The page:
I'm not saying that this isn't a noble cause but don't expect too much success....times change and not always in the way we'd prefer.

    Bookmark   January 2, 2010 at 12:44PM
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gardengal, thanks for that post. It certainly was worth the read.

    Bookmark   January 2, 2010 at 2:27PM
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The new gardening show will probably make it even worse. The brainless guy from Austrialia or New Zealand has been on the VG and the few times I have watched he seems to know next to nothing about plants and is reading from a script where he is supposed to be hyper at all times. He was one of the announcers for HGTV's Rose Parade and there seemed to be much of the plant material on the floats that he was not aware of. Sorry if you are not aware that most onion seeds look like they are black in the sun and you are supposed to be a knowledgable gardner you need a little more training on what is available here and what it looks like. End of Rant.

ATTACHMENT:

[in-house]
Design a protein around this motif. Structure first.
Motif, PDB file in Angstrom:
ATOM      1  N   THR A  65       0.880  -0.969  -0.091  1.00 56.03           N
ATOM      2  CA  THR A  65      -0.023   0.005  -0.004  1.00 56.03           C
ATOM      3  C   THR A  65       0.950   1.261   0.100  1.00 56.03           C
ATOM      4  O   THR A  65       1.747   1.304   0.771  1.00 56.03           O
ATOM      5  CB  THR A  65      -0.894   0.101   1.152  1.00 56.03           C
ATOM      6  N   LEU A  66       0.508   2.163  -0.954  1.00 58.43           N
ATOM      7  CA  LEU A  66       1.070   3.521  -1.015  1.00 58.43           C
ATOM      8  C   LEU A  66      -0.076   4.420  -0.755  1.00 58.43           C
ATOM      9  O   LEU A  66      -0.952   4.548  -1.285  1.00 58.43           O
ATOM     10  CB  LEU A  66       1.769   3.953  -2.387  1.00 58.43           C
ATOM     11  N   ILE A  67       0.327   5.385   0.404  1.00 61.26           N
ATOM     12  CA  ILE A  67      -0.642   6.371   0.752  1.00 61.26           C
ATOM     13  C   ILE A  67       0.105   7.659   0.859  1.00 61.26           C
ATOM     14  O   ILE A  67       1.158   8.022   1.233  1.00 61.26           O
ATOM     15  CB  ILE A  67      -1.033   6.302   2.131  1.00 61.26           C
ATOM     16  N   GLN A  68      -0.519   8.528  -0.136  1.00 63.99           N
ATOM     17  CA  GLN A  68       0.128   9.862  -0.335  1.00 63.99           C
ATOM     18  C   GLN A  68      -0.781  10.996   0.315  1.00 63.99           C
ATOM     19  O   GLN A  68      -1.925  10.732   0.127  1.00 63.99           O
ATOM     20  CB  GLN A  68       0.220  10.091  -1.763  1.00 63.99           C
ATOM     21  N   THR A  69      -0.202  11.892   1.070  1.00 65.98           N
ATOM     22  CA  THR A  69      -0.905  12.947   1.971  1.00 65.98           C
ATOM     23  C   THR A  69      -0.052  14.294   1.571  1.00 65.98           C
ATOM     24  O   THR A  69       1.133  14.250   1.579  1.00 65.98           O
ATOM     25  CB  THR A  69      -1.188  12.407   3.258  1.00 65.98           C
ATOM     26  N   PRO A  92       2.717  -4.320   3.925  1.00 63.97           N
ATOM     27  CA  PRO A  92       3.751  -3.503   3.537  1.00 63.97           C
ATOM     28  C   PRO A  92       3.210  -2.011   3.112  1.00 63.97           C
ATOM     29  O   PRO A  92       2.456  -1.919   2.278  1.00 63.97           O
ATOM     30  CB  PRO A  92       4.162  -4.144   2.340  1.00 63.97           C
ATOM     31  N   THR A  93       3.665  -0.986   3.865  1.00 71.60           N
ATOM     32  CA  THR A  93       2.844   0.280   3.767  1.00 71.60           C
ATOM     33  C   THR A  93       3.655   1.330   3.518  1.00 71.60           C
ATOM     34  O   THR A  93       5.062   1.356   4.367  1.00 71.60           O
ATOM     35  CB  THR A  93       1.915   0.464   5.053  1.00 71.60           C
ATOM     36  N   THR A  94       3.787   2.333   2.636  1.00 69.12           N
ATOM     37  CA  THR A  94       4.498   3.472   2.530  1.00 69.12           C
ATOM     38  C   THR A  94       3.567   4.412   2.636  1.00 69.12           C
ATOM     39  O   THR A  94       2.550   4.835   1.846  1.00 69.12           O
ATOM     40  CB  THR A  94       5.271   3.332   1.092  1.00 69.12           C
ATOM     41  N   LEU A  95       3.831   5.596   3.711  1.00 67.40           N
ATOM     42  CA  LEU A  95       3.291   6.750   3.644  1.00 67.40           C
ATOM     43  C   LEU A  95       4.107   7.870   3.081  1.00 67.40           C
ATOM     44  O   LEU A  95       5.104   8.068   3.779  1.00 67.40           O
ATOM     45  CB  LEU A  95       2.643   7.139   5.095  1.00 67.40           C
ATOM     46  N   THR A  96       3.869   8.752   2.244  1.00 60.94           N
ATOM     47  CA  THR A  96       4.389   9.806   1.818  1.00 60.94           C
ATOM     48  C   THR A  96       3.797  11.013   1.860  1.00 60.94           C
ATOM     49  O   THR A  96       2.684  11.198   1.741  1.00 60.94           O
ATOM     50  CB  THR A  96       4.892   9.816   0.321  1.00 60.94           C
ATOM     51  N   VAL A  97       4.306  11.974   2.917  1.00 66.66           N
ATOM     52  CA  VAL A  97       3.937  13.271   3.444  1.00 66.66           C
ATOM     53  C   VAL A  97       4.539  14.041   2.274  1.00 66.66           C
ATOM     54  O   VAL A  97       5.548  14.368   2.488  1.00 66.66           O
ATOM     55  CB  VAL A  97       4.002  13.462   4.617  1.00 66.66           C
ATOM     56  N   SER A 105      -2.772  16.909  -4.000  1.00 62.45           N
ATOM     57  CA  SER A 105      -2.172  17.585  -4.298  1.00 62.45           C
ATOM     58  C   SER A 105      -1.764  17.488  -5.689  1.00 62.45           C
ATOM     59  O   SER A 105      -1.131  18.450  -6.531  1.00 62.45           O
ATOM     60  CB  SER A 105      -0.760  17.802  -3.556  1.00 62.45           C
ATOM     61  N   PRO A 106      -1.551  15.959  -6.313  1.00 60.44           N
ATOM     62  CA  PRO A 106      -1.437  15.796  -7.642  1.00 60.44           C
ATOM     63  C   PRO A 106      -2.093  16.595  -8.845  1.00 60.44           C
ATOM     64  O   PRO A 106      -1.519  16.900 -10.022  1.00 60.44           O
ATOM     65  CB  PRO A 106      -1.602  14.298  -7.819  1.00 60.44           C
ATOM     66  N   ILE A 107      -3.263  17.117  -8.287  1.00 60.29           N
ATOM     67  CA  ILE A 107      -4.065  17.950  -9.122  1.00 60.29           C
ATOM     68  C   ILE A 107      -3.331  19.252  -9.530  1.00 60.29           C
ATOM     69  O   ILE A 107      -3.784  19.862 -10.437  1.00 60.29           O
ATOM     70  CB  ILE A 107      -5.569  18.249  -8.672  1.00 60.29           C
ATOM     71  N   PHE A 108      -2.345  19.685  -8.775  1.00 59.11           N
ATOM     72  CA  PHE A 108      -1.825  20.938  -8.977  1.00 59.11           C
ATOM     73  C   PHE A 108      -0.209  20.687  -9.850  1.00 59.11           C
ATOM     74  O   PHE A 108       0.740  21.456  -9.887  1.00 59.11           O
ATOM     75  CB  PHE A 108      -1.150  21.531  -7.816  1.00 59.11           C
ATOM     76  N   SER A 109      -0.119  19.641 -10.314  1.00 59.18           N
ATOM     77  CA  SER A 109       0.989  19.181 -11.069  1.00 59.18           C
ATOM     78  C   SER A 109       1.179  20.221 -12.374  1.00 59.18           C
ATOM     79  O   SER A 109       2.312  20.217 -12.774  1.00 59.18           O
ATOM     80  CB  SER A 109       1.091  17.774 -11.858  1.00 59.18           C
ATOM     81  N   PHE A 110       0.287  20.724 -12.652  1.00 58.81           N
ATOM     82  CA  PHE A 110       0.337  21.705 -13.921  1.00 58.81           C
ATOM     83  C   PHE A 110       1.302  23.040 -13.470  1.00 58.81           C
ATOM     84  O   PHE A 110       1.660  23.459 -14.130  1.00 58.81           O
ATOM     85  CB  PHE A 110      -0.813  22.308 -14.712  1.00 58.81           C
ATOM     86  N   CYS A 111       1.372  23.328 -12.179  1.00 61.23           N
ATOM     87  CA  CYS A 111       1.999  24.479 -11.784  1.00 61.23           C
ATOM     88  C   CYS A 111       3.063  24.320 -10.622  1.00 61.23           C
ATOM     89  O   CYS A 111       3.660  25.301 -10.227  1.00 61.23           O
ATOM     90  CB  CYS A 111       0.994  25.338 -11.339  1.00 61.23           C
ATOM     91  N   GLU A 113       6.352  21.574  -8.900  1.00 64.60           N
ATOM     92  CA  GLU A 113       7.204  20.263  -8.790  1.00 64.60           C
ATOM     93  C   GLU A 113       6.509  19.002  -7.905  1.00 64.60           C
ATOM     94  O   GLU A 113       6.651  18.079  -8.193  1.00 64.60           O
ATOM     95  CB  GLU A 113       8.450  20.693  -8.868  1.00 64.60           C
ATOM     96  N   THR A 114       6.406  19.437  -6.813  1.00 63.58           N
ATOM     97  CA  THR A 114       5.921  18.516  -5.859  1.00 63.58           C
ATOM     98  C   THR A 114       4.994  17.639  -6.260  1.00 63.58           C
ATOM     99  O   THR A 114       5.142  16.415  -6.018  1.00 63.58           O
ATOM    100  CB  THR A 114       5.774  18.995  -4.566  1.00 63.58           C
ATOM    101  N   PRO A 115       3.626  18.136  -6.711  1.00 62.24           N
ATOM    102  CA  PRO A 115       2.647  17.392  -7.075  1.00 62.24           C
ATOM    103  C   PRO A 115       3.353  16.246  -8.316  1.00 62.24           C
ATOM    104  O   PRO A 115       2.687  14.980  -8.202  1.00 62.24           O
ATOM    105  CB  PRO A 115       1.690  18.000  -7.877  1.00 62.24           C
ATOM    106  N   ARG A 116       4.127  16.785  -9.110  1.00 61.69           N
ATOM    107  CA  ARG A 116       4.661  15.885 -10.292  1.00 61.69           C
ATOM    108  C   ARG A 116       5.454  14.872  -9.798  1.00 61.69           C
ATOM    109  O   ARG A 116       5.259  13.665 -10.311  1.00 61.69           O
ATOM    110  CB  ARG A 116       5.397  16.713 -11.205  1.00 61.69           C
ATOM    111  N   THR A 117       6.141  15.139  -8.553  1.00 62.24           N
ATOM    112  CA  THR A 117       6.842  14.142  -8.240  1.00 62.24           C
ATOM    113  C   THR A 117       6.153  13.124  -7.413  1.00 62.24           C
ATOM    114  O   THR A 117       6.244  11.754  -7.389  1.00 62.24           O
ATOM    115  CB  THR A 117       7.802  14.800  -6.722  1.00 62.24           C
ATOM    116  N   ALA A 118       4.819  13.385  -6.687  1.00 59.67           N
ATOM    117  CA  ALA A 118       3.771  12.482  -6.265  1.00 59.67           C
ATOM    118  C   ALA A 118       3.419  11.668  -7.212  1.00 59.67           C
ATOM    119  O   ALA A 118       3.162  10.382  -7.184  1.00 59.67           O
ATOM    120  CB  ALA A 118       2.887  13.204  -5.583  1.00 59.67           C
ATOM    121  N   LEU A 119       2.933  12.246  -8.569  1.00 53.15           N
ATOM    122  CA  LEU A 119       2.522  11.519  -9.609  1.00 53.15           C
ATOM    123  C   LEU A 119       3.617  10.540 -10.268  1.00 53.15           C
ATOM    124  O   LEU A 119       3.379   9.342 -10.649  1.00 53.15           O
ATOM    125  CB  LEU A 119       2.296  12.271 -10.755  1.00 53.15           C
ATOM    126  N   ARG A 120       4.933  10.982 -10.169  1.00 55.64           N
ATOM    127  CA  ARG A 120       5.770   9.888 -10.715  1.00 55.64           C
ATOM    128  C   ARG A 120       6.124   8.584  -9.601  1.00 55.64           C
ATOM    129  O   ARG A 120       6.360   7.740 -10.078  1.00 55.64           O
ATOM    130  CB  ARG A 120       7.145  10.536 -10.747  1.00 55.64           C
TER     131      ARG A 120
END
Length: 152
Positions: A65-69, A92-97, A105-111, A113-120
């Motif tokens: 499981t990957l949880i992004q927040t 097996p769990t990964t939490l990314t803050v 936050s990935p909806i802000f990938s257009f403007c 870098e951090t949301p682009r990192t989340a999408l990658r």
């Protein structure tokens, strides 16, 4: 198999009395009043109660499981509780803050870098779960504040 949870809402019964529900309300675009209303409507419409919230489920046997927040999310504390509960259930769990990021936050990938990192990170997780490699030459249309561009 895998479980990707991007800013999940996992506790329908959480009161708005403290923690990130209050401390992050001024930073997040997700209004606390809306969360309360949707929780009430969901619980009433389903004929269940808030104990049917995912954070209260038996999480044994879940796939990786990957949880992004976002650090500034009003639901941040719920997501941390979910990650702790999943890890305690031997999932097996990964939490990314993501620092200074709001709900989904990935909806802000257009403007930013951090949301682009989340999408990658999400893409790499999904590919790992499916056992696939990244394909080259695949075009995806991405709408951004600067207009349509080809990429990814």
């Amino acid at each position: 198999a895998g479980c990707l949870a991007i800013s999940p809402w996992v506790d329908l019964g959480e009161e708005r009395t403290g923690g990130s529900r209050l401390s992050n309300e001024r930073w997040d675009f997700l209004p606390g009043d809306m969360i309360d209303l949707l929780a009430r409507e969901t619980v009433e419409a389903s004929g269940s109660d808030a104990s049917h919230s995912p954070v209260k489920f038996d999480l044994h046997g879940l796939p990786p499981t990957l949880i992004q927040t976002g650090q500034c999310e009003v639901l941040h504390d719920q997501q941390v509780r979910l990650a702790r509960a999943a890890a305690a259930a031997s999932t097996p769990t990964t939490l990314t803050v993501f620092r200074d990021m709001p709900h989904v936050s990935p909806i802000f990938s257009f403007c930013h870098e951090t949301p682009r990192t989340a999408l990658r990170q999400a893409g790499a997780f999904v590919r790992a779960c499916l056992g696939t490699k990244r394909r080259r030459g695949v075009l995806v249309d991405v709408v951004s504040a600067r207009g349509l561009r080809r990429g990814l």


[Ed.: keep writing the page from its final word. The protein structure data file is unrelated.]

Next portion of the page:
VG is now generally carried on local PBS stations generally Saturday mornings.

    Bookmark   January 3, 2010 at 12:40AM
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Victory Garden is on PBS as well as PBS's Create as is P. Allen Smith and several other "gardening" shows. I get these over the air since I see no good reason to pay someone for something that is free and very little of what is on cable, or satelite, is worth what they charge.

    Bookmark   January 3, 2010 at 7:13AM
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sammy zone 7 Tulsa

I have been disappointed in HGTV for years, and now I do believe that our Cable Company is going to stop showing it.

I remember years ago when we tried to get them to give us more gardening shows, but our petitions did not work. Unfortunately there do not seem to be enough companies to finance them. We don't spend enough -- compared to putting in new floors or a kitchen.

We do get the shows on PBS, and I like Erica and Rebecca. P.Allen Smith is not bad, but seems rather repetitious to me.

Anymore it seems to be that we have so many stations, such large TV's, and so little chice.


    Bookmark   January 4, 2010 at 7:20PM